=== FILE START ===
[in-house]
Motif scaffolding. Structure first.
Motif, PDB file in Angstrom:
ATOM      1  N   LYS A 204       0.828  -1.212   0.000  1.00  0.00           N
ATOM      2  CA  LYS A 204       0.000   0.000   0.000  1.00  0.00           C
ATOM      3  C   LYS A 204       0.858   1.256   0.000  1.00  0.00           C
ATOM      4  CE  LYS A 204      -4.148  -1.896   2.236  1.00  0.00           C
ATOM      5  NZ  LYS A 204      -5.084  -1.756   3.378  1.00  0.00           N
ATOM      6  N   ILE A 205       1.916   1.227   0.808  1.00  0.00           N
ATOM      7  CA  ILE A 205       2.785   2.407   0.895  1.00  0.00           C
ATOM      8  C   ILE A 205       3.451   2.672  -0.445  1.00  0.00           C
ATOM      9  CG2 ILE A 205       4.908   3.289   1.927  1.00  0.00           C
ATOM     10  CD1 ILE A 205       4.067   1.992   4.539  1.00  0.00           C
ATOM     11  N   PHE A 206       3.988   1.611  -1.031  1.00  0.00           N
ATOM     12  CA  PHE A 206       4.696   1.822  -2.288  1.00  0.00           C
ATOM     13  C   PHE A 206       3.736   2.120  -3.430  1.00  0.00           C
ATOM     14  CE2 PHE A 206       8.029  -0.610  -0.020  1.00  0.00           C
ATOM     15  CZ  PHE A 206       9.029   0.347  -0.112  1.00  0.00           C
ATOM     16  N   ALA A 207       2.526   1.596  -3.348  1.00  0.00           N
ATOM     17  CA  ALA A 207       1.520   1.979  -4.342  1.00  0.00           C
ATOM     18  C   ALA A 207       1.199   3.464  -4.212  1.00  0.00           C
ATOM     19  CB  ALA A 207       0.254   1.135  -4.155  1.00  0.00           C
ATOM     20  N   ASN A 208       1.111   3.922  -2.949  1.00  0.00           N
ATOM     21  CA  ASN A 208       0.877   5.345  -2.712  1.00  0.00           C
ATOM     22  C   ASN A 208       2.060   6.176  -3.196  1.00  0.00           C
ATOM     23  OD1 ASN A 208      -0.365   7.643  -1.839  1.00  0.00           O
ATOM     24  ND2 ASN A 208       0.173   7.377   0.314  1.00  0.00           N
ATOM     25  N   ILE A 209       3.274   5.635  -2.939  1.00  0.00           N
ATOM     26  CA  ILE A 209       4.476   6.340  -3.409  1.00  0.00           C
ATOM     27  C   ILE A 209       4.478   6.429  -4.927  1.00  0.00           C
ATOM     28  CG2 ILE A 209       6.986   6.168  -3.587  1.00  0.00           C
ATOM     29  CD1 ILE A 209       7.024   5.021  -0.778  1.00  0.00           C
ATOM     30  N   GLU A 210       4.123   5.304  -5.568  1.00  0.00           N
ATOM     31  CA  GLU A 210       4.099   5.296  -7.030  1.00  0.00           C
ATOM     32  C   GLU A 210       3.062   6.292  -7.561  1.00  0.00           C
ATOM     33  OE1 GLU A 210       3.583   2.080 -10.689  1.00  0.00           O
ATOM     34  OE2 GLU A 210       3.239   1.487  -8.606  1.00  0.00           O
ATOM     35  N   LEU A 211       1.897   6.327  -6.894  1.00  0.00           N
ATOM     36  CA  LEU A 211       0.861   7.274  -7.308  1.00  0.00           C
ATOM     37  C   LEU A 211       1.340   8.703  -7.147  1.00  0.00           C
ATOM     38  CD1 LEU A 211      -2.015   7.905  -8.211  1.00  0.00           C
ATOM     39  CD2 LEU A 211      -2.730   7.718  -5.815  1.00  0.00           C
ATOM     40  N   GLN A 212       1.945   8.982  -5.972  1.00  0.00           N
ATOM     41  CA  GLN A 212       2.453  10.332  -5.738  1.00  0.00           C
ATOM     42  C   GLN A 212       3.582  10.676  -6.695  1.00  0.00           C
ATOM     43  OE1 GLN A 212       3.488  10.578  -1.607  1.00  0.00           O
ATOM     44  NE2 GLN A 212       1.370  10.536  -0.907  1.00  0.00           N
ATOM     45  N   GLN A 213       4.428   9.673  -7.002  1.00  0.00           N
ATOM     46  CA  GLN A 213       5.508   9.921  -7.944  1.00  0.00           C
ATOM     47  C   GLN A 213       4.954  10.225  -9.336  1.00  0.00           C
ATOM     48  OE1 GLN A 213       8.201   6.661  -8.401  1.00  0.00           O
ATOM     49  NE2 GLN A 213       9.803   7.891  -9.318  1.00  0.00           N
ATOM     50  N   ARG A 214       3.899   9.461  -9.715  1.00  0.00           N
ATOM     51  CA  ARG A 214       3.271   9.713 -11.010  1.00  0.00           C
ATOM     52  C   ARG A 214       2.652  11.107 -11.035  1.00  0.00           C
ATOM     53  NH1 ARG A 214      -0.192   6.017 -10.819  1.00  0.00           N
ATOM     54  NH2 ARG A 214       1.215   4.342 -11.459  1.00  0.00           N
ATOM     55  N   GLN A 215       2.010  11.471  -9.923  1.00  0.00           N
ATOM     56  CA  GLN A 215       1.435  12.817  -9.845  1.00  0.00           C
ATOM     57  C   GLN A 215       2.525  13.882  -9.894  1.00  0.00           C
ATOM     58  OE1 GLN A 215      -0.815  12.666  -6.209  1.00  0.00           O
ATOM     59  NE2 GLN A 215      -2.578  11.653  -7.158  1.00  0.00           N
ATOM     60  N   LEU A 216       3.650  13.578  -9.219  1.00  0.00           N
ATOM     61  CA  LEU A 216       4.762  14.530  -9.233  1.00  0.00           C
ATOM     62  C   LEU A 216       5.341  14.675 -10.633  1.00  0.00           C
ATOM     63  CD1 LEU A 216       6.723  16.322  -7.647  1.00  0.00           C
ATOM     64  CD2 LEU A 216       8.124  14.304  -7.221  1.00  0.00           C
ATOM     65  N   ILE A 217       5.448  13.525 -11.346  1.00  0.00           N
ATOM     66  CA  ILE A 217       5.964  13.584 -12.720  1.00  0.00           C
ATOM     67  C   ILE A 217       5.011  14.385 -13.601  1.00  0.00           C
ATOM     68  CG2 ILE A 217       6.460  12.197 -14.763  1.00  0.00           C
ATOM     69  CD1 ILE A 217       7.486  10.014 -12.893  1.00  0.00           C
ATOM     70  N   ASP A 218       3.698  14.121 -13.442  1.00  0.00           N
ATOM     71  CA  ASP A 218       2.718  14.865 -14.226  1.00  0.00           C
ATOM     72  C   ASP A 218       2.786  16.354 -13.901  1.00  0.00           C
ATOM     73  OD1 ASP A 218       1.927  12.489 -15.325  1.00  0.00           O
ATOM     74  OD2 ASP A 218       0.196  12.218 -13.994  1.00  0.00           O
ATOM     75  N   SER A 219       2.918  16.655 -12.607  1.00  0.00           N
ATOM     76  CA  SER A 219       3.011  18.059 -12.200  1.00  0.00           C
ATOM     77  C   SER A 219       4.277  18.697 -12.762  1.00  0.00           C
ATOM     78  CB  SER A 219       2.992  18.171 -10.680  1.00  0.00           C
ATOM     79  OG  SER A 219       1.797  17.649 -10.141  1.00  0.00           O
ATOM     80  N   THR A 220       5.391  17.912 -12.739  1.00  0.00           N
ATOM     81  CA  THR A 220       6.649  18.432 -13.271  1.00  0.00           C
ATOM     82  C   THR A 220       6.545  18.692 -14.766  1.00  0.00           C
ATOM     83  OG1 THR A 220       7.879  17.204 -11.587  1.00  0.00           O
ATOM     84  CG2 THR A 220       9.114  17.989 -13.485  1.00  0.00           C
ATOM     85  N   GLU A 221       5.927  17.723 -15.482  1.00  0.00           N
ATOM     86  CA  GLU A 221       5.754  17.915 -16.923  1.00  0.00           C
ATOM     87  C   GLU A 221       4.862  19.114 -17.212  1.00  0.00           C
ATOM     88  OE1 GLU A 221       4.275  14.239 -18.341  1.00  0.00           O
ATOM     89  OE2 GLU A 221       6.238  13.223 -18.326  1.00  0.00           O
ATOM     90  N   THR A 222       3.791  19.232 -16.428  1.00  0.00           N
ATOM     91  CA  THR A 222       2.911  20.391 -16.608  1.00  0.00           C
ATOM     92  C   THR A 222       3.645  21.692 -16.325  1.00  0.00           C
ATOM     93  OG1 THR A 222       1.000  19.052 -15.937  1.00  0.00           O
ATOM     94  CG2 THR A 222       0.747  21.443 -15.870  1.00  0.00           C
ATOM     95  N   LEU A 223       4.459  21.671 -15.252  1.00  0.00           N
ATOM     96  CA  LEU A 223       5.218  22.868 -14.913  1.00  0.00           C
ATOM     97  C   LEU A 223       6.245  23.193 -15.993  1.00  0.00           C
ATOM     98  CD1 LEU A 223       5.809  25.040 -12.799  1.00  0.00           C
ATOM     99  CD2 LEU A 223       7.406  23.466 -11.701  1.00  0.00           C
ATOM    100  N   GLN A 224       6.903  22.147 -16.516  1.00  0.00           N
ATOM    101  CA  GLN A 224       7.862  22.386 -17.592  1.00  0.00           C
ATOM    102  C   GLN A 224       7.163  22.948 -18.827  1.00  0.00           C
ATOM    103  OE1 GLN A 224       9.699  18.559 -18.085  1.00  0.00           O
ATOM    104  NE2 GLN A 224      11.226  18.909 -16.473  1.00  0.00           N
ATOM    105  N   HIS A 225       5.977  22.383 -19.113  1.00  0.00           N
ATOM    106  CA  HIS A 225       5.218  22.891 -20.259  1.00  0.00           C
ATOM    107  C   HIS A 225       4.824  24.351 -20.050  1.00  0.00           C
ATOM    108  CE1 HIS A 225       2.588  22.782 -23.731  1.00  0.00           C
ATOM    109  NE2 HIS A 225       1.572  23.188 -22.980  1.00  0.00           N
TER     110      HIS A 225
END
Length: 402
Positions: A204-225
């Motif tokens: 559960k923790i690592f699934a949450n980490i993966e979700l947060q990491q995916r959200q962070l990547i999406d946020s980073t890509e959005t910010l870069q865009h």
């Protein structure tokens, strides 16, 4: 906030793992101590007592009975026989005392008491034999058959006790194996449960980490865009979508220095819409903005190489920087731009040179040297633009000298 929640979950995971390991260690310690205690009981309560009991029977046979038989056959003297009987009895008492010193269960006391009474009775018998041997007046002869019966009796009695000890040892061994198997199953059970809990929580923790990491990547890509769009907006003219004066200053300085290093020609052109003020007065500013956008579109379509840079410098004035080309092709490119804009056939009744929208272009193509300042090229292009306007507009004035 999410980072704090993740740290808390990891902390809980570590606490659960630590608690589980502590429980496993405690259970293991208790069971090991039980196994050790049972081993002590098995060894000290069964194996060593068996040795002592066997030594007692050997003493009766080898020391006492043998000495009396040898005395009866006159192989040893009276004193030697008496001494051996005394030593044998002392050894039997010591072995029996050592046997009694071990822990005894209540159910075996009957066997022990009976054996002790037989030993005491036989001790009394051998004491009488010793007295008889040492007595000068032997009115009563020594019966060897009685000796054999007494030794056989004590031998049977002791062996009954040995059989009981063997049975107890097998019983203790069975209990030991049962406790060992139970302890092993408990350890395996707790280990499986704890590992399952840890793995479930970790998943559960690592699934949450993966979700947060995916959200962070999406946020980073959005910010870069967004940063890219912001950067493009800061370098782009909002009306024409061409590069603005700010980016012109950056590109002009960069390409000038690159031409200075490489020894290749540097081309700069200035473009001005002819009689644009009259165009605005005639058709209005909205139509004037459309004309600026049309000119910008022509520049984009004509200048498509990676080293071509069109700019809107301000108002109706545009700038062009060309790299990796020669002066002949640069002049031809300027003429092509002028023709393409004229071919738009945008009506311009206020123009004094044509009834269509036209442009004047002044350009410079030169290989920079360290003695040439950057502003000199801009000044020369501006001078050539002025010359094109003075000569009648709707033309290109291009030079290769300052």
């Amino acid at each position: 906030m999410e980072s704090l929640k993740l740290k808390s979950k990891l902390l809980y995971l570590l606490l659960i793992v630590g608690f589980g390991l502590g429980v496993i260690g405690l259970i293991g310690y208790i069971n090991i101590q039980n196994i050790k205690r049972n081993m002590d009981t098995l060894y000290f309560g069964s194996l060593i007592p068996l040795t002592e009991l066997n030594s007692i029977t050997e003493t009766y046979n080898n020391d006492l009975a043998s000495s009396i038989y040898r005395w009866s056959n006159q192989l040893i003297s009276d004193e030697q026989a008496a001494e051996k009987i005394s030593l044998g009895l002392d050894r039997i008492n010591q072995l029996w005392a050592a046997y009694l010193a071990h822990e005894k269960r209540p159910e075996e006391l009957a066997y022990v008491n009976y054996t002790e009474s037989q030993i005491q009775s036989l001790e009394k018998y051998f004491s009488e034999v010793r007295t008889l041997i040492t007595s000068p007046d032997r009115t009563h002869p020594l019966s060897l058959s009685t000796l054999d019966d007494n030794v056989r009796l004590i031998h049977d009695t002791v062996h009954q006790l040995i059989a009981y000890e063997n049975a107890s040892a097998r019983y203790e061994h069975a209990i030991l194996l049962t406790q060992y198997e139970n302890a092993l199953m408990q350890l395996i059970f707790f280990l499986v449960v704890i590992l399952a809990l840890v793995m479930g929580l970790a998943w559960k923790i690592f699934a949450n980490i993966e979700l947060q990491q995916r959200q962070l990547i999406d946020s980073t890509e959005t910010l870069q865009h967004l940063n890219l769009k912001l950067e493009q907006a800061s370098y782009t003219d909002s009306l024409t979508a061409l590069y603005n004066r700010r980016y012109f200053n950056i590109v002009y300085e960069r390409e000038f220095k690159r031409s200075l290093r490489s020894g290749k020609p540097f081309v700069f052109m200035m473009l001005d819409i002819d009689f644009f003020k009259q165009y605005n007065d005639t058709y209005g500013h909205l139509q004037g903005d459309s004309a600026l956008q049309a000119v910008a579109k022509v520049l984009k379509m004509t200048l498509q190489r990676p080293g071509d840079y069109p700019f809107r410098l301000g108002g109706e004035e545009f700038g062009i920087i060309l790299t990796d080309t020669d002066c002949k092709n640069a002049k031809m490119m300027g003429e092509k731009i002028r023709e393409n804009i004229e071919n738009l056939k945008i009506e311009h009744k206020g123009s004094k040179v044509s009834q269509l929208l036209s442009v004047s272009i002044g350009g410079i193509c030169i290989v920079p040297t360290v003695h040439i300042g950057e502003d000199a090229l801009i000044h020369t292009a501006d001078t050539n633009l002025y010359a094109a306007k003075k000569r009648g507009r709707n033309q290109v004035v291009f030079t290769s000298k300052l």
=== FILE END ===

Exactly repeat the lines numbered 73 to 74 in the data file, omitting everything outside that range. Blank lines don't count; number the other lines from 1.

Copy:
ATOM     70  N   ASP A 218       3.698  14.121 -13.442  1.00  0.00           N
ATOM     71  CA  ASP A 218       2.718  14.865 -14.226  1.00  0.00           C